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Re: Luminious mind

Postby BubbaBuddhist » Mon Jul 05, 2010 3:27 pm

I never found the "luminous mind" references all that murky, especially when the various references are brought together. They seem to describe the qualities of a mind unsullied by defilements. Like scraping mud from a backlit window: perception shines through without obstruction.

J
Author of Redneck Buddhism: or Will You Reincarnate as Your Own Cousin?
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Re: Luminious mind

Postby Mawkish1983 » Mon Jul 05, 2010 5:32 pm

Sherab, what is insight?
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Re: Luminious mind

Postby Sherab » Mon Jul 05, 2010 11:55 pm

Bubbabuddhist wrote:I never found the "luminous mind" references all that murky, especially when the various references are brought together. They seem to describe the qualities of a mind unsullied by defilements. Like scraping mud from a backlit window: perception shines through without obstruction.

J

When the five aggregates cease, would not the mind cease? So what qualities of a mind is there to talk about?
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Re: Luminious mind

Postby Sherab » Mon Jul 05, 2010 11:55 pm

Mawkish1983 wrote:Sherab, what is insight?

Ask yourself. You're the one that used the word first.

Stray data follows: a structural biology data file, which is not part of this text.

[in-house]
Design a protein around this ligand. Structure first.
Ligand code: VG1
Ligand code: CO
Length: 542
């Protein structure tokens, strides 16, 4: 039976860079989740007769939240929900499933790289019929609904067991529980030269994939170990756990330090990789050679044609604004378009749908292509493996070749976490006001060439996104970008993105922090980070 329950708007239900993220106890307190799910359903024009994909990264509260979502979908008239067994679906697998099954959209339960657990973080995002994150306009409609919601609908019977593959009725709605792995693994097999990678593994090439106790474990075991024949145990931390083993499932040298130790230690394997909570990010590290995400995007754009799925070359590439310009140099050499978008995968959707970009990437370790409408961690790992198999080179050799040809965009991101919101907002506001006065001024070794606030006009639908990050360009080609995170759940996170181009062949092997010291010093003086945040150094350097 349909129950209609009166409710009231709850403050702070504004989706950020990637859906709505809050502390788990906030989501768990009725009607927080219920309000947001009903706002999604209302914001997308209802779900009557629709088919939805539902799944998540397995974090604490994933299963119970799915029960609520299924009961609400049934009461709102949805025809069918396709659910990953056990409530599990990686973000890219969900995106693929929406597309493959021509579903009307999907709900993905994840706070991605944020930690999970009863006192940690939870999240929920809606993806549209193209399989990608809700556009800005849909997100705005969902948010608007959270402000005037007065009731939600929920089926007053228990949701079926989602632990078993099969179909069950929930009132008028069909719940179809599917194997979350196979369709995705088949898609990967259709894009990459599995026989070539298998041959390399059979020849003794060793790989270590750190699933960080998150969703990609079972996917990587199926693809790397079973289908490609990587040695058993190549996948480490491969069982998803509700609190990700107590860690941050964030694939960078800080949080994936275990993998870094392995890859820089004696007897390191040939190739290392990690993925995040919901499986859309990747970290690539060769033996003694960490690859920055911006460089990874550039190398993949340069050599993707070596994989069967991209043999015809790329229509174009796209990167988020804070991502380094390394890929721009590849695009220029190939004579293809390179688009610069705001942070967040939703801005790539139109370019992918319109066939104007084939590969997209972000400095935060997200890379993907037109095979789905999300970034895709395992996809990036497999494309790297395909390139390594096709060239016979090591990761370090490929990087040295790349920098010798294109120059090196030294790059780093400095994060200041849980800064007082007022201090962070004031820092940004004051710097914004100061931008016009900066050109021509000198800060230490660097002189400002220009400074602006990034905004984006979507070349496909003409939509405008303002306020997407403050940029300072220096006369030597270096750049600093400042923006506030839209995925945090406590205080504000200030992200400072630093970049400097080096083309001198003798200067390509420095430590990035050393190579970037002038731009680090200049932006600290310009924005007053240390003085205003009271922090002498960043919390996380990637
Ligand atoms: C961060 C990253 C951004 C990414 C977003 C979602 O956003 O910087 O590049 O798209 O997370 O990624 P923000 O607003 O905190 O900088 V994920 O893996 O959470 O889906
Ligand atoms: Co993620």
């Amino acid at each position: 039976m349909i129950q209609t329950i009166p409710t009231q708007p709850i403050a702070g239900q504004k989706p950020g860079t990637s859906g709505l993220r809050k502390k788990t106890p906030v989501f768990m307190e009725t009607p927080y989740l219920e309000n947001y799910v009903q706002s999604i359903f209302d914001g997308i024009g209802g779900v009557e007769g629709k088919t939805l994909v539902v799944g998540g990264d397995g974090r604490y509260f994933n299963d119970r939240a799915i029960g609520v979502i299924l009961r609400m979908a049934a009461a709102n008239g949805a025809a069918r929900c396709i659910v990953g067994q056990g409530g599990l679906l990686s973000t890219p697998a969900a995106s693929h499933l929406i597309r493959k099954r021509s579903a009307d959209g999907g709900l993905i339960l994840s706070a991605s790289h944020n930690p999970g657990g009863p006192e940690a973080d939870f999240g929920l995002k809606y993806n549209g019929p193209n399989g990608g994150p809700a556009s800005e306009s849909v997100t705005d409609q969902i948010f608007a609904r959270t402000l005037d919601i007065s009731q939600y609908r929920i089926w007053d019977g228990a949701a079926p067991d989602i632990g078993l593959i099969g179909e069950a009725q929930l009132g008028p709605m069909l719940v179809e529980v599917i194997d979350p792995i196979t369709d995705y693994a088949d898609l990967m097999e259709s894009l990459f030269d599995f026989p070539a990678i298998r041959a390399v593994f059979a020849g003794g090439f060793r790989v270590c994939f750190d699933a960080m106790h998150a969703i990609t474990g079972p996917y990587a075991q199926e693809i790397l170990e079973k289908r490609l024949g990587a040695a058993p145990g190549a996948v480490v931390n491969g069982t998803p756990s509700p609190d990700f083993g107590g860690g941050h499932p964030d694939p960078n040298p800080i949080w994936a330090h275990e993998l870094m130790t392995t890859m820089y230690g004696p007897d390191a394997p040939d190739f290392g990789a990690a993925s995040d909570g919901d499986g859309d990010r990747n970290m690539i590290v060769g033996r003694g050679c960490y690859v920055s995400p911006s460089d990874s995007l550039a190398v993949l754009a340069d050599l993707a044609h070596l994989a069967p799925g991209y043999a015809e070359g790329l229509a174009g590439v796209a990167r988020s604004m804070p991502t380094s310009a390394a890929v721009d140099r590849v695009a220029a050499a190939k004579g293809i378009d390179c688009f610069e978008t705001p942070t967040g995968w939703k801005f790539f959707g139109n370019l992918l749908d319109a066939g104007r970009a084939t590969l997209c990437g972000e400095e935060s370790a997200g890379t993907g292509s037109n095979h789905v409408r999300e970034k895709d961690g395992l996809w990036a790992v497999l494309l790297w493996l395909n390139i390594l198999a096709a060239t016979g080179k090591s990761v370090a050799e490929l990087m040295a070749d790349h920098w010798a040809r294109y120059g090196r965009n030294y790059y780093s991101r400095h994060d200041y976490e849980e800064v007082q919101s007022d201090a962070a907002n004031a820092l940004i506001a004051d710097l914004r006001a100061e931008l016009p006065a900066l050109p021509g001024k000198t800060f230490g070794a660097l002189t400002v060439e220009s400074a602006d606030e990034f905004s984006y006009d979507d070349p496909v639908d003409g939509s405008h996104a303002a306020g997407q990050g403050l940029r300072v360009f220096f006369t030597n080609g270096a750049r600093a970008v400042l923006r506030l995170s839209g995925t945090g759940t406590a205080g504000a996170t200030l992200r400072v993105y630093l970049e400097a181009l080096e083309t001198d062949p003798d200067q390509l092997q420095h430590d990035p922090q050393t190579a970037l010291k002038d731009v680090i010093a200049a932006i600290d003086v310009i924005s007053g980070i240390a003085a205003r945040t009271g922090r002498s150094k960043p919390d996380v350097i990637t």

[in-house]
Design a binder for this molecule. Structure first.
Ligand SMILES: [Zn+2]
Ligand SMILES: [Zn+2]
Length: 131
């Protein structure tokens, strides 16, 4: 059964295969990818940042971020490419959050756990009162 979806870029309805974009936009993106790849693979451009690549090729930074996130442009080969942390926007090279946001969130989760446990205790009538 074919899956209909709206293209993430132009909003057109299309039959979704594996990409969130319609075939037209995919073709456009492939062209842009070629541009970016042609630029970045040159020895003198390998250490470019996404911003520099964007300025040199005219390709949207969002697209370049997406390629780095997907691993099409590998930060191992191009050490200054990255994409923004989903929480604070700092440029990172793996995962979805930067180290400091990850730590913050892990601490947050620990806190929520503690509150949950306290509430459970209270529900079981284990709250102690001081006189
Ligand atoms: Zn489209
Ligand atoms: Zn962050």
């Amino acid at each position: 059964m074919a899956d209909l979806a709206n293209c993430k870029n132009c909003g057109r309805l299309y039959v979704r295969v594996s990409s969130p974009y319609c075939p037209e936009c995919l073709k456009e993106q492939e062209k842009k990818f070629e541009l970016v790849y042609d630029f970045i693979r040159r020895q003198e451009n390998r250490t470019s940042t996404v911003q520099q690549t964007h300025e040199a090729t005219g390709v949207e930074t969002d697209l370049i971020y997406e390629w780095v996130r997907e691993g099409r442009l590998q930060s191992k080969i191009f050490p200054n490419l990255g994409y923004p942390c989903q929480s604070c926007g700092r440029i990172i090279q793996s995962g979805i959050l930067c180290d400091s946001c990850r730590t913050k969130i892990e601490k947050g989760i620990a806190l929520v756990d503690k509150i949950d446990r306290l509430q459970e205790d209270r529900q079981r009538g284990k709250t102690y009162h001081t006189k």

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Re: Luminious mind

Postby kc2dpt » Tue Jul 06, 2010 3:19 am

Sherab wrote:
Bubbabuddhist wrote:They seem to describe the qualities of a mind unsullied by defilements.

When the five aggregates cease, would not the mind cease? So what qualities of a mind is there to talk about?

You seem to be equating "defilements" with "five aggregates". What is your basis for this?
Recall that for an arahant the defilements have ceased and yet there are still the five aggregates.
- Peter

Be heedful and you will accomplish your goal.
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Re: Luminious mind

Postby Sherab » Tue Jul 06, 2010 4:18 am

Peter wrote:
Sherab wrote:
Bubbabuddhist wrote:They seem to describe the qualities of a mind unsullied by defilements.

When the five aggregates cease, would not the mind cease? So what qualities of a mind is there to talk about?

You seem to be equating "defilements" with "five aggregates". What is your basis for this?
Recall that for an arahant the defilements have ceased and yet there are still the five aggregates.

Good question.

DN11:
"'Your question should not be phrased in this way: Where do these four great elements — the earth property, the liquid property, the fire property, and the wind property — cease without remainder? Instead, it should be phrased like this:
Where do water, earth, fire, & wind have no footing?
Where are long & short, coarse & fine, fair & foul,name & form
brought to an end?
"'And the answer to that is:
Consciousness without feature, without end,luminous all around:
Here water, earth, fire, & wind have no footing.
Here long & short coarse & fine, fair & foul , name & form are all brought to an end.
With the cessation of consciousness each is here brought to an end.'"

My interpretation of the above utterance of the Buddha is that "cessation" is merely a convention of the world and that in reality there is no cessation of the elements. When consciousness "ceases", then the elements also "ceases" when use in the convention of the world but not in reality.